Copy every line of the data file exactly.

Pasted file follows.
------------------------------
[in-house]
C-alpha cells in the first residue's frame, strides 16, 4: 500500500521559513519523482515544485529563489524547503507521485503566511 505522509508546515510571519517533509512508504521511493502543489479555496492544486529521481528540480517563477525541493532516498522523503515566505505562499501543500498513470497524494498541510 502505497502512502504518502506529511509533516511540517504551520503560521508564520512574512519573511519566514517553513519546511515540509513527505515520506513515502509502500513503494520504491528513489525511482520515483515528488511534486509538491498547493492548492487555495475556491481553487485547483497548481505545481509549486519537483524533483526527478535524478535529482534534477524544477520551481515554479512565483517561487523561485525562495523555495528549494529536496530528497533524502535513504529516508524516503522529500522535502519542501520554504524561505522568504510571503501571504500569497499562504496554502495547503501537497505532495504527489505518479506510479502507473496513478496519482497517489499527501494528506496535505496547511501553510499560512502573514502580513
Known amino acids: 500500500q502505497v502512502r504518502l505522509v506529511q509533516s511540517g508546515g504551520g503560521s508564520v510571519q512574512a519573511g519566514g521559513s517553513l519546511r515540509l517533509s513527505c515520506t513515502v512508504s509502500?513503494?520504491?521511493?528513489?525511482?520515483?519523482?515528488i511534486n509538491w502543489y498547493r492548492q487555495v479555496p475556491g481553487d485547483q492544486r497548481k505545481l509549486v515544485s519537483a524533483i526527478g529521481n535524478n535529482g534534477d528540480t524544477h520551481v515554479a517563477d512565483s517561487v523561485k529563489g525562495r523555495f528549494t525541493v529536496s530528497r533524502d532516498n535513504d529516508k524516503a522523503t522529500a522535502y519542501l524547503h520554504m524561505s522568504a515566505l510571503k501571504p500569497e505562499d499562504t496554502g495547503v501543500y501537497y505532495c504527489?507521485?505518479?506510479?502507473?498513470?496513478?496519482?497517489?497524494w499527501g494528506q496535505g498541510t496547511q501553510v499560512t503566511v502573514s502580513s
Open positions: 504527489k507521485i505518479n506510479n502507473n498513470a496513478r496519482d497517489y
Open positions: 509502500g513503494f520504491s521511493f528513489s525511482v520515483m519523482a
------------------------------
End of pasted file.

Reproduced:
[in-house]
C-alpha cells in the first residue's frame, strides 16, 4: 500500500521559513519523482515544485529563489524547503507521485503566511 505522509508546515510571519517533509512508504521511493502543489479555496492544486529521481528540480517563477525541493532516498522523503515566505505562499501543500498513470497524494498541510 502505497502512502504518502506529511509533516511540517504551520503560521508564520512574512519573511519566514517553513519546511515540509513527505515520506513515502509502500513503494520504491528513489525511482520515483515528488511534486509538491498547493492548492487555495475556491481553487485547483497548481505545481509549486519537483524533483526527478535524478535529482534534477524544477520551481515554479512565483517561487523561485525562495523555495528549494529536496530528497533524502535513504529516508524516503522529500522535502519542501520554504524561505522568504510571503501571504500569497499562504496554502495547503501537497505532495504527489505518479506510479502507473496513478496519482497517489499527501494528506496535505496547511501553510499560512502573514502580513
Known amino acids: 500500500q502505497v502512502r504518502l505522509v506529511q509533516s511540517g508546515g504551520g503560521s508564520v510571519q512574512a519573511g519566514g521559513s517553513l519546511r515540509l517533509s513527505c515520506t513515502v512508504s509502500?513503494?520504491?521511493?528513489?525511482?520515483?519523482?515528488i511534486n509538491w502543489y498547493r492548492q487555495v479555496p475556491g481553487d485547483q492544486r497548481k505545481l509549486v515544485s519537483a524533483i526527478g529521481n535524478n535529482g534534477d528540480t524544477h520551481v515554479a517563477d512565483s517561487v523561485k529563489g525562495r523555495f528549494t525541493v529536496s530528497r533524502d532516498n535513504d529516508k524516503a522523503t522529500a522535502y519542501l524547503h520554504m524561505s522568504a515566505l510571503k501571504p500569497e505562499d499562504t496554502g495547503v501543500y501537497y505532495c504527489?507521485?505518479?506510479?502507473?498513470?496513478?496519482?497517489?497524494w499527501g494528506q496535505g498541510t496547511q501553510v499560512t503566511v502573514s502580513s
Open positions: 504527489k507521485i505518479n506510479n502507473n498513470a496513478r496519482d497517489y
Open positions: 509502500g513503494f520504491s521511493f528513489s525511482v520515483m519523482a